VERA FILES FACT CHECK: ‘ABS-CBN’ impostor sites post FAKE story on ‘diabetes cure’ 


Websites imitating ABS-CBN News posted a story on a diabetes remedy supposedly endorsed by former National Task Force against COVID-19 special adviser Tony Leachon. The article is fabricated. 

The fake story was posted by the sites and that imitate the layout of the official ABS-CBN News website. It circulated on Facebook (FB) as early as March 5. 

The article carried a supposed interview of Leachon where he discouraged the use of metformin-based diabetes drugs and instead endorsed a product called Glucoactive. It claims Glucoactive is a “natural anti-diabetic remedy” that contains “all the vitamins, macro-and microelements essential to fight type 2 diabetes.” 

There is currently no cure for diabetes but it can be managed, according to the U.S. Centers for Disease Control and Prevention and the U.S. National Institutes of Health.

Glucoactive is not a registered food nor drug product with the Food and Drug Administration.

(Read related story: Bogus CNN PH pages being used to promote FAKE diabetes cure)

Fabricated interview

In recent FB posts addressing similar fake ads, Leachon said he does not endorse any products or supplements, and urged the public to only rely on his official social media channels

In an April 17 Viber message to VERA Files, Leachon confirmed that the circulating article is yet another post that uses his name to disinform netizens.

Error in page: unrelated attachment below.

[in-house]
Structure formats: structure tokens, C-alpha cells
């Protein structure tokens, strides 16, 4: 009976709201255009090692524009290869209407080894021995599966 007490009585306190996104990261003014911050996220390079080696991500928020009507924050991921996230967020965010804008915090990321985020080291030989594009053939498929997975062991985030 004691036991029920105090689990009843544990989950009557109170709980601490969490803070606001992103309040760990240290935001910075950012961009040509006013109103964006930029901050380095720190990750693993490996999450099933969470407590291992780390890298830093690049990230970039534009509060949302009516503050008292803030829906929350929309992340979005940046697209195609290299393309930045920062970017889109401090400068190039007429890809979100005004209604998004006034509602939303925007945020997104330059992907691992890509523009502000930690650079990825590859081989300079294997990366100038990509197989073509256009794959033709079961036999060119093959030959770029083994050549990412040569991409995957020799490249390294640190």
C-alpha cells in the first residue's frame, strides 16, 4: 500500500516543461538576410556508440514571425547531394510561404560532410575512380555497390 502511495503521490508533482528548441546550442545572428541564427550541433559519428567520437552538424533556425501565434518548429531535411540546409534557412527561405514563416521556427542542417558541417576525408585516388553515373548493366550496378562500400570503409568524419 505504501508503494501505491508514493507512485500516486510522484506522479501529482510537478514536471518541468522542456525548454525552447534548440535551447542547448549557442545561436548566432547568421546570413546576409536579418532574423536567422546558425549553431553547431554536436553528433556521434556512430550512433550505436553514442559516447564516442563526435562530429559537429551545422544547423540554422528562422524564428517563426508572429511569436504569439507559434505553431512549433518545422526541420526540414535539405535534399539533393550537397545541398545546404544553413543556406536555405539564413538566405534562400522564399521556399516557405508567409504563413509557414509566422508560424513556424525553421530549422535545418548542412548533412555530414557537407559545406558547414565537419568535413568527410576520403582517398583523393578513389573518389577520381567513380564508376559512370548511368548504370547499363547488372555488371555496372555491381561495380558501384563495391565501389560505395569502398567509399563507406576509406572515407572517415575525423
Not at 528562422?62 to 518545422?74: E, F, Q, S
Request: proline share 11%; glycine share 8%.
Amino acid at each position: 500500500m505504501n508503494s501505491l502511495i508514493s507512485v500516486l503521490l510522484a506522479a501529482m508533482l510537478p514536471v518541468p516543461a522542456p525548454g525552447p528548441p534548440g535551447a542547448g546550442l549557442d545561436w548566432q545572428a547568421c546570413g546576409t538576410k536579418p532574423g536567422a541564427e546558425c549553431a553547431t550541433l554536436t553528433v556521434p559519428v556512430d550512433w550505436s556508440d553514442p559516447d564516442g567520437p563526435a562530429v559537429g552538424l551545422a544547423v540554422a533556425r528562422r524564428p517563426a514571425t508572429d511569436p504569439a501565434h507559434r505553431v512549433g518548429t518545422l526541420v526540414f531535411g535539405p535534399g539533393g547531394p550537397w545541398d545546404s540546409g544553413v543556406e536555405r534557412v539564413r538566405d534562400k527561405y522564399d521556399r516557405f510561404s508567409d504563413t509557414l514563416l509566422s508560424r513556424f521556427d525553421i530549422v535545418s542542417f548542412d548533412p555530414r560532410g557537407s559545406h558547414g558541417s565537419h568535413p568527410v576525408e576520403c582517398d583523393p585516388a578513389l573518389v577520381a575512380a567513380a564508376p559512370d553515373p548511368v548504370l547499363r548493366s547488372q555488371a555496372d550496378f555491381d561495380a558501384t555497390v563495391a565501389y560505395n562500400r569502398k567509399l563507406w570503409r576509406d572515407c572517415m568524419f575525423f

“I have been the subject of many fake news and misinformation. Several media organizations are helping me combat the massive proliferation of these fraudulent marketing ads to deceive the public and take advantage of their lack of awareness,” Leachon said.

Fake testimony

A patient’s testimony in the report is also fabricated. The photo shows journalist and The SUN-Hong Kong editor Daisy Mandap, not a Filipina senior citizen who “took” Glucoactive capsules “endorsed by Leachon” that “cured” her diabetes. 

Mandap, who is neither a diabetes patient nor 67 years old, denounced in a private FB post the circulating article and said the photo was taken from an unrelated 2017 South China Morning Post article

The “Philippine Diabetes Research Laboratory, Inc” mentioned in the article also does not exist. 

The bogus website promised netizens discounts and asked them to provide their personal information to avail of the product.

This scam format of fake interviews and testimonies has been used by bad actors since 2021 to promote fake health products, only changing the names of the website, doctor and patient in each iteration.

This is the fifth scam that posed as a news organization to promote medicines debunked by VERA Files Fact Check this year. (Read Another ‘ANC’ impostor site peddles cure for hypertension, clogged blood vessels)

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(Editor’s Note: VERA Files has partnered with Facebook to fight the spread of disinformation. Find out more about this partnership and our methodology.)